Film really is superior
Recently I was going through old Rolleiflex negs in black & white shot in the 1960's, they were still as good as the day they were processed. By comparison, much of the digi stuff shot over the past 12 years and stored on disc, while working as a press photographer has gone "corrupt". I've heard of this happening to other photographers.
So spread the word, get more people using film; if processed and filed correctly, it will last a lifetime or more. I returned to my film cameras upon leaving newspaper work, suddenly finding myself enjoying photography once more.
Yep, film is very archival. The one caveat is that it's archival if you shoot "real" B&W film. I was rummaging through a big box of photos and negs from 12 years ago and had a very unpleasant surprise. Most of what I was shooting back then was either color film or that C41 B&W stuff. The negs had faded so much I had to throw them away. Ditto for the cheap prints Walgreens had made for me. Now I shoot nothing but Tri-X and print my work on fiber paper, so no more of that nonsense.
As a photojournalist I've been singing that same song since nearly digital day one. I've actually developed a niche shooting film for clients rather than digital for the corruption reason, among others. I've seen or heard about it over and over. Personally, I don't trust the digital files to last. If the deadlines aren't so much a factor, as with features vs. hard news, I'm going with film.
In my experience, this is one of the reasons for using film that a lot of people understand. When I say "you can leave the negatives in a shoebox for fifty years and then someone finds them in the attic and they're still good", that makes perfect sense to almost everybody (the exceptions are the ones with an excessive faith in cloud storage).
Pity about that C-41 exception---it's one of the reasons I don't shoot it much. I think I remember, though, PE saying that the longevity of modern C-41 materials was enormously improved; not to Kodachrome levels or anything, but enough to make a meaningful difference in terms of the transgenerational shoebox.
... and Beta video recorders were superior to VHS. It's not always the best that survives.
Yes, but they survived and advanced even after it's death as a consumer format. BetaCam [Oxide] is the same as BetaMax and BetaCam SP was a different tape formula, but still the same idea.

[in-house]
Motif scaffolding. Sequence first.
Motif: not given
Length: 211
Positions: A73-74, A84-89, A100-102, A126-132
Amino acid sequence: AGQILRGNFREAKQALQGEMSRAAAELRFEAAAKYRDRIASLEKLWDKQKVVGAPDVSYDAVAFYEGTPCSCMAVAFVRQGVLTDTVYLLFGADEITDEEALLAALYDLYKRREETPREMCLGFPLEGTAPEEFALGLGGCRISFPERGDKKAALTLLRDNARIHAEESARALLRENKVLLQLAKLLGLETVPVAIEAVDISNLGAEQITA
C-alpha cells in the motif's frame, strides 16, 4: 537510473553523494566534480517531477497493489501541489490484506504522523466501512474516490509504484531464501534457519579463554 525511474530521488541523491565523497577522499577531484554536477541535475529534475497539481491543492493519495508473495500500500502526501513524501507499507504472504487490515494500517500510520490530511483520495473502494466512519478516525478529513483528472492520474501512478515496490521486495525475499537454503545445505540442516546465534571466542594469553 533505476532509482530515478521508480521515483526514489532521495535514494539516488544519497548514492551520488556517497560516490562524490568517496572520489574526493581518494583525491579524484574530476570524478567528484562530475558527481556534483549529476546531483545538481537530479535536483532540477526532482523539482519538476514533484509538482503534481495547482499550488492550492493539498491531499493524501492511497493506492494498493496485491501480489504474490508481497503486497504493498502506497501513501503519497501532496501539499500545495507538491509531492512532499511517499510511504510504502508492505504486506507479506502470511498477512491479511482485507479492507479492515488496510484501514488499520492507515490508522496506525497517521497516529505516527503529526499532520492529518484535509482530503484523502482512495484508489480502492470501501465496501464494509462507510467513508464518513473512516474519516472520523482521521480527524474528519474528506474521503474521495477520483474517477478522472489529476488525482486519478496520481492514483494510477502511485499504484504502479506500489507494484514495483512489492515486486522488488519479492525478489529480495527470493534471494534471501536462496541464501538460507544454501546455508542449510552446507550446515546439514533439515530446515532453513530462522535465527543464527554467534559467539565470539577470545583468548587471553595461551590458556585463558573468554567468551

Originally Posted by Prof_Pixel
Agreed. The archival quality of film can be quite remarkable and to me is a nice "feature".
Originally Posted by ntenny
IIRC, Color negs have less longevity compared to E6 materials but is the difference quite pronounced? I recall a pnet discussion about it and Ron Andrews quoted more stability on E6 compared to C41. Something about different couplers mentioned.
RA4 paper is quoted between half a century to 200 years. There is still a huge volume of it used by photofinishing, perhaps will slowly improve is R&D is put on it.
Well processed B&W on Polyester base seems the ultimate thing, together with proper FB.
All will depend on storage, added to processing. Hot and Humid and it will be sooner gone.
As of digital I too don't trust it. I lost a couple of folders (probably misplaced) and mistrust it. Operator error but I am much more careful with the physical archiving way.
A thousand years ago (1983) I shot a wolf at the San Francisco zoo (and boy were the zookeepers mad!) and to this day, I consider it one of my best ever shots. It's a color negative, probably Kodak Gold 200 IIRC, and I have, in the past few years, taken it out of its sleeve and printed it. The negative has always been treated very carefully and it was processed by a good lab, back in the day. It still prints fine. No fading that I can see. It's been my experience that color negs last just fine if they were processed correctly in the first place. I doubt my own, self-developed color negs will last, assuming everyone's dire predictions of the consequences of using that dreaded blix concoction are true.
I was having a conversation with my oldest daughter over the weekend. She is a young mother with two little kids. All of her photos are digital. I highly encouraged her to get prints made and put them in albums.
"Its ok...I have everything on Facebook and that's secure" she said.
"Can you still log in to your MySpace account?" I asked.
Even if, in theory, your digital files (be they cloud based or not) will be perpetually accessible, there are a thousand human factors that can get in the way. In my daughter's case, she admitted that she couldn't even recall her MySpace user name, and she no longer has the email address she had at the time, so password recovery is probably not possible.
Print. Your. Pictures!